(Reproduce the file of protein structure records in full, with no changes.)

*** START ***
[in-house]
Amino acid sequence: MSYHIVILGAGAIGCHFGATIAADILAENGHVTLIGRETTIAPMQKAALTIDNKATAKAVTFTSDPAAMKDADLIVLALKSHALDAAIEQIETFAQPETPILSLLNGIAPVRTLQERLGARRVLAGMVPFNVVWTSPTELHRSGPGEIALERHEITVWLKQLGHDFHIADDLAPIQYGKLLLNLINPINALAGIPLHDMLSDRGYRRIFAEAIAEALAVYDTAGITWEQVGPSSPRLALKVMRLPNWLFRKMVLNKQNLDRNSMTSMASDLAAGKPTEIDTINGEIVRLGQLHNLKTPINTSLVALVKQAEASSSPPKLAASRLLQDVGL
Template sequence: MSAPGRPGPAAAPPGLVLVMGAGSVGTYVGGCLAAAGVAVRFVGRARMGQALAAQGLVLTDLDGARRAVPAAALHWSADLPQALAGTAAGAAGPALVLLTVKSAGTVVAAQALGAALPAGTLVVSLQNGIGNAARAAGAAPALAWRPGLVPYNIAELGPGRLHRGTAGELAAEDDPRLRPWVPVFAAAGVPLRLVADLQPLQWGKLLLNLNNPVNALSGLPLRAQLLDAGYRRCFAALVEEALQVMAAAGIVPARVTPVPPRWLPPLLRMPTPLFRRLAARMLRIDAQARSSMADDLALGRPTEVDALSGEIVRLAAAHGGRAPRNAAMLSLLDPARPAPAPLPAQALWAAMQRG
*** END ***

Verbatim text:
[in-house]
Amino acid sequence: MSYHIVILGAGAIGCHFGATIAADILAENGHVTLIGRETTIAPMQKAALTIDNKATAKAVTFTSDPAAMKDADLIVLALKSHALDAAIEQIETFAQPETPILSLLNGIAPVRTLQERLGARRVLAGMVPFNVVWTSPTELHRSGPGEIALERHEITVWLKQLGHDFHIADDLAPIQYGKLLLNLINPINALAGIPLHDMLSDRGYRRIFAEAIAEALAVYDTAGITWEQVGPSSPRLALKVMRLPNWLFRKMVLNKQNLDRNSMTSMASDLAAGKPTEIDTINGEIVRLGQLHNLKTPINTSLVALVKQAEASSSPPKLAASRLLQDVGL
Template sequence: MSAPGRPGPAAAPPGLVLVMGAGSVGTYVGGCLAAAGVAVRFVGRARMGQALAAQGLVLTDLDGARRAVPAAALHWSADLPQALAGTAAGAAGPALVLLTVKSAGTVVAAQALGAALPAGTLVVSLQNGIGNAARAAGAAPALAWRPGLVPYNIAELGPGRLHRGTAGELAAEDDPRLRPWVPVFAAAGVPLRLVADLQPLQWGKLLLNLNNPVNALSGLPLRAQLLDAGYRRCFAALVEEALQVMAAAGIVPARVTPVPPRWLPPLLRMPTPLFRRLAARMLRIDAQARSSMADDLALGRPTEVDALSGEIVRLAAAHGGRAPRNAAMLSLLDPARPAPAPLPAQALWAAMQRG